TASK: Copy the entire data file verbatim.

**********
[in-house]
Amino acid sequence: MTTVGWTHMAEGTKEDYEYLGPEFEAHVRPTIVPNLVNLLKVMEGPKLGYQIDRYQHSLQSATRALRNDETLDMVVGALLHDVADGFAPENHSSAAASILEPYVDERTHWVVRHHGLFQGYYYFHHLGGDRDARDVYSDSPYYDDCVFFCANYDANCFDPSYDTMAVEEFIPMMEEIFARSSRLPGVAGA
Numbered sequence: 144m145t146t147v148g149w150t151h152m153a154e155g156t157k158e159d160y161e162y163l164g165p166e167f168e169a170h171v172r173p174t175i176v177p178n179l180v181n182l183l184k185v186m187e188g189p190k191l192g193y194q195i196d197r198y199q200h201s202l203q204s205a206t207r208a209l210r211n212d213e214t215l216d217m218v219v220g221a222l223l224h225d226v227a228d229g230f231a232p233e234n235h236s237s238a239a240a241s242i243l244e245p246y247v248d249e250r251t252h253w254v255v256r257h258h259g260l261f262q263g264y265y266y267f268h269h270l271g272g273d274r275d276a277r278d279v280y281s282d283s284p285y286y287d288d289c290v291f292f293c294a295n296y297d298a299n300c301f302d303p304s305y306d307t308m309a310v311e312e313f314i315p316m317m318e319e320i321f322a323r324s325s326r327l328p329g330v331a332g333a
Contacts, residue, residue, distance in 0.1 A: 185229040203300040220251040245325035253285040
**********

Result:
[in-house]
Amino acid sequence: MTTVGWTHMAEGTKEDYEYLGPEFEAHVRPTIVPNLVNLLKVMEGPKLGYQIDRYQHSLQSATRALRNDETLDMVVGALLHDVADGFAPENHSSAAASILEPYVDERTHWVVRHHGLFQGYYYFHHLGGDRDARDVYSDSPYYDDCVFFCANYDANCFDPSYDTMAVEEFIPMMEEIFARSSRLPGVAGA
Numbered sequence: 144m145t146t147v148g149w150t151h152m153a154e155g156t157k158e159d160y161e162y163l164g165p166e167f168e169a170h171v172r173p174t175i176v177p178n179l180v181n182l183l184k185v186m187e188g189p190k191l192g193y194q195i196d197r198y199q200h201s202l203q204s205a206t207r208a209l210r211n212d213e214t215l216d217m218v219v220g221a222l223l224h225d226v227a228d229g230f231a232p233e234n235h236s237s238a239a240a241s242i243l244e245p246y247v248d249e250r251t252h253w254v255v256r257h258h259g260l261f262q263g264y265y266y267f268h269h270l271g272g273d274r275d276a277r278d279v280y281s282d283s284p285y286y287d288d289c290v291f292f293c294a295n296y297d298a299n300c301f302d303p304s305y306d307t308m309a310v311e312e313f314i315p316m317m318e319e320i321f322a323r324s325s326r327l328p329g330v331a332g333a
Contacts, residue, residue, distance in 0.1 A: 185229040203300040220251040245325035253285040